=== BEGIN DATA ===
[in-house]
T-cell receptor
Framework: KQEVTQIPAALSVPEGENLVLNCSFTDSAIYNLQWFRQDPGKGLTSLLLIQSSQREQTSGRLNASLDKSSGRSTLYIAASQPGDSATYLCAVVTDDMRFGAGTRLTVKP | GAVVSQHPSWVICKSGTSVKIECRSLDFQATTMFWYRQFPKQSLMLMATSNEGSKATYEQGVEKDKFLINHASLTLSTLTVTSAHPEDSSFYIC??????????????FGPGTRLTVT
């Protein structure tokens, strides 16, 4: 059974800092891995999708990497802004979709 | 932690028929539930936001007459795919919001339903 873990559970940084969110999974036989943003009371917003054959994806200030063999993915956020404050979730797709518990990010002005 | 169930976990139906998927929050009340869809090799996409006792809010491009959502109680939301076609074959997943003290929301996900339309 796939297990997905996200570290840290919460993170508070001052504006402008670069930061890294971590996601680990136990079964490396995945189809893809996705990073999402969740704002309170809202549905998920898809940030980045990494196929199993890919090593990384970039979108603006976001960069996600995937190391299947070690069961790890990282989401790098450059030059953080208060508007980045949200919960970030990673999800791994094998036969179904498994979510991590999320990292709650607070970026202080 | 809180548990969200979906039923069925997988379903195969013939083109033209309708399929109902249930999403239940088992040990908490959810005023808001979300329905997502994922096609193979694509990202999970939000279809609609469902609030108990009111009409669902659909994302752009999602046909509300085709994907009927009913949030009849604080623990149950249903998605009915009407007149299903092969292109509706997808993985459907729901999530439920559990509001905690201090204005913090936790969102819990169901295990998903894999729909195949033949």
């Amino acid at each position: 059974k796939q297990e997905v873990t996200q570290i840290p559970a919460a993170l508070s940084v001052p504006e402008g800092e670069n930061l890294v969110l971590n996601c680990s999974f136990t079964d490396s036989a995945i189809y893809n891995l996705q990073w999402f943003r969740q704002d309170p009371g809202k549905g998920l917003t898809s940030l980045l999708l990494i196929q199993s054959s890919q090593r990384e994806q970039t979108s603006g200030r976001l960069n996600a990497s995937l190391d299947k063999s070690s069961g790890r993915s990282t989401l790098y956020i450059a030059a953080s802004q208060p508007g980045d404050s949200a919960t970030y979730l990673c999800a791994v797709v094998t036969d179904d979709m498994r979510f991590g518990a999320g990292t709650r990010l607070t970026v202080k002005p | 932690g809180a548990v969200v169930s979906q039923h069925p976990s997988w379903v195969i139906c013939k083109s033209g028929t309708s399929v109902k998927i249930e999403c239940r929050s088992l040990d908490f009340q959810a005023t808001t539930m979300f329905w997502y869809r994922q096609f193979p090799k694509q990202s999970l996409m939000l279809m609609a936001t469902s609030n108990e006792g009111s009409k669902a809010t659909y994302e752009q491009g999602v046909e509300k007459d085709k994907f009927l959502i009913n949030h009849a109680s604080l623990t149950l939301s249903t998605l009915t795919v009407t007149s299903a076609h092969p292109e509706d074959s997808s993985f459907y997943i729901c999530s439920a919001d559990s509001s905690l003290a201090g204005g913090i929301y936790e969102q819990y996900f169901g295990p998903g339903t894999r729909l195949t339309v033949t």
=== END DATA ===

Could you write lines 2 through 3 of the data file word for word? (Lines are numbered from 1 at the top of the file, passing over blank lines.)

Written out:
T-cell receptor
Framework: KQEVTQIPAALSVPEGENLVLNCSFTDSAIYNLQWFRQDPGKGLTSLLLIQSSQREQTSGRLNASLDKSSGRSTLYIAASQPGDSATYLCAVVTDDMRFGAGTRLTVKP | GAVVSQHPSWVICKSGTSVKIECRSLDFQATTMFWYRQFPKQSLMLMATSNEGSKATYEQGVEKDKFLINHASLTLSTLTVTSAHPEDSSFYIC??????????????FGPGTRLTVT